Book Adventures

America’s Most Famous Library

Last week I went to Washington, DC with my family. Freshman year, my dad promised me we’d go before I graduate. I graduate high school on Friday. We called it a little close, but it happened.

And being the huge book nerd that I am, I forced my family to go to the Library of Congress. Jalyn with Library of Congress sign

I didn’t realize the Library of Congress is actually three buildings: the Jefferson Building, the Madison Building, and the Adams Building. We visited the Jefferson Building because it was closest to where we ate lunch and I couldn’t convince my siblings to see all three.

Jalyn outside the Library of CongressThe original Library of Congress was established in 1800 by President John Adams, and it had 740 books and 3 maps. They were kept in the Capital Building until the British burned it in 1814. Thomas Jefferson offered his 6,487-volume personal library to replace it. The current library opened in 1897 (later renamed the Jefferson Building when the library expanded) and was the first building in DC constructed with electric lights.

Bookshelves at the Library of Congress
Some of the shelves off the main reading room

What I found was not really what I expected. I expected amazing architecture (like every famous building in DC) and floor-to-ceiling bookshelves. It was actually a museum. Jalyn with the Gutenberg Bible

There were some awesome exhibits, like Thomas Jefferson’s original library (I wanted to take pictures, but they didn’t allow photography in the exhibits). But I expected to see more books.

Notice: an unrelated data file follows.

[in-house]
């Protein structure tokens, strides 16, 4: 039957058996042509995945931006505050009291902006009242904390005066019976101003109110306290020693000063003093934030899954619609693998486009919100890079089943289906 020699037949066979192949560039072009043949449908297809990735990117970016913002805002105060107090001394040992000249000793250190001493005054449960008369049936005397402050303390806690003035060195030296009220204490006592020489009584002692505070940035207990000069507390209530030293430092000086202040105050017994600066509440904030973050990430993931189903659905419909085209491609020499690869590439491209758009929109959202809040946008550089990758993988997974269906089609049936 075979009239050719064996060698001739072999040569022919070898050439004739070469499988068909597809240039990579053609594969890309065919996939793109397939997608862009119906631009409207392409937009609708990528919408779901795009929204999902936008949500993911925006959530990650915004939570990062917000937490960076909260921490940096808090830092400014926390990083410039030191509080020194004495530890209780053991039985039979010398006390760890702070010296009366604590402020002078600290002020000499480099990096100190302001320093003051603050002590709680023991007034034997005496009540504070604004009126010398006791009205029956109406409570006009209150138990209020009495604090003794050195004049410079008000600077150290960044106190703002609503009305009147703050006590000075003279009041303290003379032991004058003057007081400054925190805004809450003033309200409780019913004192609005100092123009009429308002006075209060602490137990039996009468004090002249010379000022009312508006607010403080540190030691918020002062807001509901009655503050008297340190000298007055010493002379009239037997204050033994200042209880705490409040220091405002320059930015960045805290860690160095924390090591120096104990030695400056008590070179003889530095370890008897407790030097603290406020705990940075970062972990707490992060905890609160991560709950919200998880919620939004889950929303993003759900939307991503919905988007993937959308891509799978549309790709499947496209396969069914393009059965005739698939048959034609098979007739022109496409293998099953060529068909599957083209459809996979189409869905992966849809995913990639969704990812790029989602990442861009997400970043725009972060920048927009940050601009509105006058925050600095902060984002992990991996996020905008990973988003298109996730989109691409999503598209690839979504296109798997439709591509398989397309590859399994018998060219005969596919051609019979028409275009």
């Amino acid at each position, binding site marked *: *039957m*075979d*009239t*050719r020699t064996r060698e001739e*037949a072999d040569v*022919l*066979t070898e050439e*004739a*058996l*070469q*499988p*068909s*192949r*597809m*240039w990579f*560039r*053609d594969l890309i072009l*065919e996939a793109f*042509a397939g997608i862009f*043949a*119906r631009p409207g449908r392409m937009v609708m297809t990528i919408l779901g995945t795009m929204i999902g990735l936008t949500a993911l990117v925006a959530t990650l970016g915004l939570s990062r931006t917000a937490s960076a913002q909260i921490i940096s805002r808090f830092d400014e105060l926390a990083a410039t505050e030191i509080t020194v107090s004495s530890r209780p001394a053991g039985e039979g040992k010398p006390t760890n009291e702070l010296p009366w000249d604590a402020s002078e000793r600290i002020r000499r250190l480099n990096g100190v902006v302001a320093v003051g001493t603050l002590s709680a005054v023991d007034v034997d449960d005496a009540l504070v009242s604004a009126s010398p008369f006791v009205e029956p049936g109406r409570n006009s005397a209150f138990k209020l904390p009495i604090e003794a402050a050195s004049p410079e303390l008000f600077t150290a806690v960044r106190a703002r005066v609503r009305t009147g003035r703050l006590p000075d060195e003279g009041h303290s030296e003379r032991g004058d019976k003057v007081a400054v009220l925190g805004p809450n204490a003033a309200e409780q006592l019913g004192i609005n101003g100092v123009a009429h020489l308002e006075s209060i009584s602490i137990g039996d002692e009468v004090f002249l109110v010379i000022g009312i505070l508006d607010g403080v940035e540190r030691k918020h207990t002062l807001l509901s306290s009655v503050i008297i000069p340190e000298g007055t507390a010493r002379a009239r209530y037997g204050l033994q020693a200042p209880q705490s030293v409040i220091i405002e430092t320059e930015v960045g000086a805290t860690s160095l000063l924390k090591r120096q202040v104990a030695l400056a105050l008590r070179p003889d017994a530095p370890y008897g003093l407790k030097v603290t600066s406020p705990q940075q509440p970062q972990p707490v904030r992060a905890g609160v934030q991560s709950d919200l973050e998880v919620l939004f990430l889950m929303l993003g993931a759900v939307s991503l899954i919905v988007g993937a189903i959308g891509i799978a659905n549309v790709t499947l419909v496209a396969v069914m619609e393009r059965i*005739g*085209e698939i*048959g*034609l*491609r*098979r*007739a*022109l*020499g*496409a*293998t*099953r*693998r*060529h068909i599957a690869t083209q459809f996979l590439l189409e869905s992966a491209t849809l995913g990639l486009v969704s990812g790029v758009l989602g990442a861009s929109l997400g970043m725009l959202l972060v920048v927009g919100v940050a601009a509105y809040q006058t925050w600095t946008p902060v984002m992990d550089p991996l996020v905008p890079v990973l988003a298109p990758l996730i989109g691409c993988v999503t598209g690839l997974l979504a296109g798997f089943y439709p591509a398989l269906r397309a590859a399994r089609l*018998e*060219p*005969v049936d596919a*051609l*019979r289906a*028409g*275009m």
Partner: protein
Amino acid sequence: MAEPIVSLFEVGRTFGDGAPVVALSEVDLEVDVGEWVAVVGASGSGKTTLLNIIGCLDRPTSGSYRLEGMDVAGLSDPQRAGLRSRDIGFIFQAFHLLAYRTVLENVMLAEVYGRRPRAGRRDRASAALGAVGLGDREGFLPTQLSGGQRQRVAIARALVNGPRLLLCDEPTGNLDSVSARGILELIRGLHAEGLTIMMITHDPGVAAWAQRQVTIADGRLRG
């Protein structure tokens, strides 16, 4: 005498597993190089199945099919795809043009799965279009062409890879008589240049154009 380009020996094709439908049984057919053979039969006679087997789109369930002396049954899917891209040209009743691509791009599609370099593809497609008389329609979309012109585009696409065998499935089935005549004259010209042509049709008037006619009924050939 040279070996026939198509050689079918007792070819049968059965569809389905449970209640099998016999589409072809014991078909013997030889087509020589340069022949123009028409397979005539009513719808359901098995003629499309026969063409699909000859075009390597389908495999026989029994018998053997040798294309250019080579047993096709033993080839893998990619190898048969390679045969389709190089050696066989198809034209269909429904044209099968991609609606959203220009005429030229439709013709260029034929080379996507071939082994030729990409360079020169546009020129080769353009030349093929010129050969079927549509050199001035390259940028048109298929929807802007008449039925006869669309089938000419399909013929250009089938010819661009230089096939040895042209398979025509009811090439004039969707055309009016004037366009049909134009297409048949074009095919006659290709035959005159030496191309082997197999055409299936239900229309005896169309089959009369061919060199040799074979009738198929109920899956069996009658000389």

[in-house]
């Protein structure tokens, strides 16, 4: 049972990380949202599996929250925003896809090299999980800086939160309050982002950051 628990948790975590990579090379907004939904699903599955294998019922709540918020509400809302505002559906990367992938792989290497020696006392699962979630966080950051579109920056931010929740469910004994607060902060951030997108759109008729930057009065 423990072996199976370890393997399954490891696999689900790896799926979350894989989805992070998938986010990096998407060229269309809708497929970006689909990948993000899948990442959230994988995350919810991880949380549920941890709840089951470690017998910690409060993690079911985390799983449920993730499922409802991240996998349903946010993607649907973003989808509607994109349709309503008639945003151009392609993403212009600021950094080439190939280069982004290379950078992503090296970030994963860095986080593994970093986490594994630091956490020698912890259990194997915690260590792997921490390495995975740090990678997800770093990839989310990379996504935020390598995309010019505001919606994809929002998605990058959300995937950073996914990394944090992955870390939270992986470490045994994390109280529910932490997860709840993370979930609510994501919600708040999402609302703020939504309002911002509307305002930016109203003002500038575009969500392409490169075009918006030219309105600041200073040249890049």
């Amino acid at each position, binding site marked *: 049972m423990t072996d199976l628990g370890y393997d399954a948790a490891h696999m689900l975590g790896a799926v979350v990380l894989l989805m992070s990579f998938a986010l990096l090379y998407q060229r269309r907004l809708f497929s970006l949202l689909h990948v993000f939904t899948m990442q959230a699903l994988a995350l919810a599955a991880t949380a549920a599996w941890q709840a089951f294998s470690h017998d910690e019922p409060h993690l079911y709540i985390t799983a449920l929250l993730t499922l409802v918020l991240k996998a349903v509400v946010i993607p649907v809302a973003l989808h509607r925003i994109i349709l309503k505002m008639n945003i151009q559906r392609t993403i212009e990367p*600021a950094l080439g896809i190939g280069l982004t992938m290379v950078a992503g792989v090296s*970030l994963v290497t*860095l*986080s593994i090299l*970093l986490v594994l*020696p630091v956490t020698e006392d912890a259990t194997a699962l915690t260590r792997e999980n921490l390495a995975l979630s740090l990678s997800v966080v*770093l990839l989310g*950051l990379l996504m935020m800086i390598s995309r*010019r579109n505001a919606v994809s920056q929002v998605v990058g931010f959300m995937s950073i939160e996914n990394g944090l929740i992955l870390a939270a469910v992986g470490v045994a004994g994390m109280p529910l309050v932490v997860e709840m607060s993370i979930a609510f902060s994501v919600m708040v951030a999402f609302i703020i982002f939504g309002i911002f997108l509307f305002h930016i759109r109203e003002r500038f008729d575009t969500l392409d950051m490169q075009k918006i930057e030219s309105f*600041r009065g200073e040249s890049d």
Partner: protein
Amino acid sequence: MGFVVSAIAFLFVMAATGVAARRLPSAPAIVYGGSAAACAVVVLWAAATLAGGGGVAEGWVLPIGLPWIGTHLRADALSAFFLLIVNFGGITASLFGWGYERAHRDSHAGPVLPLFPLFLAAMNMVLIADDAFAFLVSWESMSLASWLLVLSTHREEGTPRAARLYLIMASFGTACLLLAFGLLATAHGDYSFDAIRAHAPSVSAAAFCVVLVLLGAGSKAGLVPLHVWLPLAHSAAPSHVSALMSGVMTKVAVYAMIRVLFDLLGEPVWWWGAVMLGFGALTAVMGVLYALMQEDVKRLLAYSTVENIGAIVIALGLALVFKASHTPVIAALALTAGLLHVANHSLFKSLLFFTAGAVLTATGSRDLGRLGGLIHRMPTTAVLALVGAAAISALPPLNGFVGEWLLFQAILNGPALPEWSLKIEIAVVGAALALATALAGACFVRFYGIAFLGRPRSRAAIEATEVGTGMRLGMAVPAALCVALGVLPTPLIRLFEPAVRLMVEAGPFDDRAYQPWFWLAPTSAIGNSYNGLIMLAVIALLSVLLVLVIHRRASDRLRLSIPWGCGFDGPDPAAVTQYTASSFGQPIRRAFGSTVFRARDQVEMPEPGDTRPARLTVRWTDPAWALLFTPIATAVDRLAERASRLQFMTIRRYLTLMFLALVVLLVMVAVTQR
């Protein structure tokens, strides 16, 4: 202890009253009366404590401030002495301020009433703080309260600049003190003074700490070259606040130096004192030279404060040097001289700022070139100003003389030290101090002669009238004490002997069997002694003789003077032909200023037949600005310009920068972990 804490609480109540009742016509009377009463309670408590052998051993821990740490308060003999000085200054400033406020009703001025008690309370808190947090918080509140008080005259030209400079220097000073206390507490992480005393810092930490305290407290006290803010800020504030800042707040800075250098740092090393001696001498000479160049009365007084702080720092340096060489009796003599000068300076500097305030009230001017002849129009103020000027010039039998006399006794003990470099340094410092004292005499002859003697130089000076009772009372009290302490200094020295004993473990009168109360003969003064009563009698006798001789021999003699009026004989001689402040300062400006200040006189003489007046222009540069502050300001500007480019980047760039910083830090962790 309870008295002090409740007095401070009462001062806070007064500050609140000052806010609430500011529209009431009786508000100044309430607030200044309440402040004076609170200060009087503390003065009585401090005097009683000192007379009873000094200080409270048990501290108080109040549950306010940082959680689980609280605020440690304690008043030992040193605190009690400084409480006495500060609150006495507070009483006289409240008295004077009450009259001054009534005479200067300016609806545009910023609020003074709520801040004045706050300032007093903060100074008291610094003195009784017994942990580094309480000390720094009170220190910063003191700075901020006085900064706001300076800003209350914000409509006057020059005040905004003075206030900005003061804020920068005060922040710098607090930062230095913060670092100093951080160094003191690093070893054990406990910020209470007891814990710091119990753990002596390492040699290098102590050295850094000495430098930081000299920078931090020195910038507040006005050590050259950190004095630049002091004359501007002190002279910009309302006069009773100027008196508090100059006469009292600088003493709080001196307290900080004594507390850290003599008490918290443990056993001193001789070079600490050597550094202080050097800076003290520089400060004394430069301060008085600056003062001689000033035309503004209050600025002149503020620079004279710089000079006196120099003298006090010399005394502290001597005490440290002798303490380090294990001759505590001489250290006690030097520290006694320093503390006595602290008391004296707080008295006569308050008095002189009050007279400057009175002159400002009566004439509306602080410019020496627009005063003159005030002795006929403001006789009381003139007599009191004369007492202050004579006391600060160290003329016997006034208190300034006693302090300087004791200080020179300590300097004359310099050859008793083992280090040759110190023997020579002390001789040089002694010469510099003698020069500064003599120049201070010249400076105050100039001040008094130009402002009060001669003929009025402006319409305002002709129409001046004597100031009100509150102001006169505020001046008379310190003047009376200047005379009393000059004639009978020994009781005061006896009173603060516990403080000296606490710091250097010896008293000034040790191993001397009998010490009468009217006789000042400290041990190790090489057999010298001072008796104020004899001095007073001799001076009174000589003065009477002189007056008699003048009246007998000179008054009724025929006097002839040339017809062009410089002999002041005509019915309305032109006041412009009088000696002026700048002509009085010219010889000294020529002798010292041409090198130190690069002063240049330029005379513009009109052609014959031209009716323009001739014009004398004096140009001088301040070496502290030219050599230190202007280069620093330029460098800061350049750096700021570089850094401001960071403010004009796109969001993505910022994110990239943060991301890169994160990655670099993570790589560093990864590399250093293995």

Apparently it’s called the Library of Congress for a reason. Only members of Congress and their aides can read the books. And even they aren’t allowed to browse the shelves themselves – they decide which book they want and an automated retrieval system brings it to them.

Library of Congress main reading room
View of the main reading room from a glassed-in balcony (the closest they would let us get)

The only room in the building where you can actually touch books is in the far corner of the basement: the young readers center. I took my 11-year-old sister there and discovered they have a YA room.

Jalyn reading in the Library of CongressIt was like seeing my TBR list on shelves. They even had ARCs! Leaving that room without a book or twenty was one of the worst parts of the trip.

Even though it was not exactly what I expected, I thoroughly enjoyed my trip to the Library of Congress. I wish I could have explored the other buildings, too. I definitely recommend it to anyone who loves books – as long as you don’t expect 20-foot bookshelves.

(Apologies for the bad lighting in some of the pics – camera flashes weren’t allowed in the building.)


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